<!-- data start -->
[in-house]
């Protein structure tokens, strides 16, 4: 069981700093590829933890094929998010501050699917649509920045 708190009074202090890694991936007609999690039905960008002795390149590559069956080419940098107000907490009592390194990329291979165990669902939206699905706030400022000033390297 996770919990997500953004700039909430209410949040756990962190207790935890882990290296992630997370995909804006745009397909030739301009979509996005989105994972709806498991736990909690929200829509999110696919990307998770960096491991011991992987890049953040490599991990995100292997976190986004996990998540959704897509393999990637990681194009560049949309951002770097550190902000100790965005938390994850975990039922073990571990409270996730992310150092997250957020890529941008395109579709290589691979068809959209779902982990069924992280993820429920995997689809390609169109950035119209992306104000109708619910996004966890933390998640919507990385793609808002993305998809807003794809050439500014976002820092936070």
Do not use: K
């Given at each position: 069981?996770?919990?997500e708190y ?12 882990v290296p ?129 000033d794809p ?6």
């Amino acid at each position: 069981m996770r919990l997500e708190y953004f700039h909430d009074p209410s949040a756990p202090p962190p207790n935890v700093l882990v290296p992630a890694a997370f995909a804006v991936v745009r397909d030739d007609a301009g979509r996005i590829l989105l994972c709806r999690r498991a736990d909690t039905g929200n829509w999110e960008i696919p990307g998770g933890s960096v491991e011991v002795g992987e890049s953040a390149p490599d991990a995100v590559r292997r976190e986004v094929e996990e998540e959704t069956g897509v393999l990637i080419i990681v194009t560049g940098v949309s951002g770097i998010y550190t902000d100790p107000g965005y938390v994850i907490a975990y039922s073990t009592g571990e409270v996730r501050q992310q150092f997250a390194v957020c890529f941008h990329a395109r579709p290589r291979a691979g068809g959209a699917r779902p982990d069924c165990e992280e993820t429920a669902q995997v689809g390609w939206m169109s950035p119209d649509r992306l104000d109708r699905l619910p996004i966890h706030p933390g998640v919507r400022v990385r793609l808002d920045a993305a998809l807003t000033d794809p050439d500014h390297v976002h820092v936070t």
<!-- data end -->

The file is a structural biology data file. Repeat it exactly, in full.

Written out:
[in-house]
């Protein structure tokens, strides 16, 4: 069981700093590829933890094929998010501050699917649509920045 708190009074202090890694991936007609999690039905960008002795390149590559069956080419940098107000907490009592390194990329291979165990669902939206699905706030400022000033390297 996770919990997500953004700039909430209410949040756990962190207790935890882990290296992630997370995909804006745009397909030739301009979509996005989105994972709806498991736990909690929200829509999110696919990307998770960096491991011991992987890049953040490599991990995100292997976190986004996990998540959704897509393999990637990681194009560049949309951002770097550190902000100790965005938390994850975990039922073990571990409270996730992310150092997250957020890529941008395109579709290589691979068809959209779902982990069924992280993820429920995997689809390609169109950035119209992306104000109708619910996004966890933390998640919507990385793609808002993305998809807003794809050439500014976002820092936070």
Do not use: K
């Given at each position: 069981?996770?919990?997500e708190y ?12 882990v290296p ?129 000033d794809p ?6």
């Amino acid at each position: 069981m996770r919990l997500e708190y953004f700039h909430d009074p209410s949040a756990p202090p962190p207790n935890v700093l882990v290296p992630a890694a997370f995909a804006v991936v745009r397909d030739d007609a301009g979509r996005i590829l989105l994972c709806r999690r498991a736990d909690t039905g929200n829509w999110e960008i696919p990307g998770g933890s960096v491991e011991v002795g992987e890049s953040a390149p490599d991990a995100v590559r292997r976190e986004v094929e996990e998540e959704t069956g897509v393999l990637i080419i990681v194009t560049g940098v949309s951002g770097i998010y550190t902000d100790p107000g965005y938390v994850i907490a975990y039922s073990t009592g571990e409270v996730r501050q992310q150092f997250a390194v957020c890529f941008h990329a395109r579709p290589r291979a691979g068809g959209a699917r779902p982990d069924c165990e992280e993820t429920a669902q995997v689809g390609w939206m169109s950035p119209d649509r992306l104000d109708r699905l619910p996004i966890h706030p933390g998640v919507r400022v990385r793609l808002d920045a993305a998809l807003t000033d794809p050439d500014h390297v976002h820092v936070t």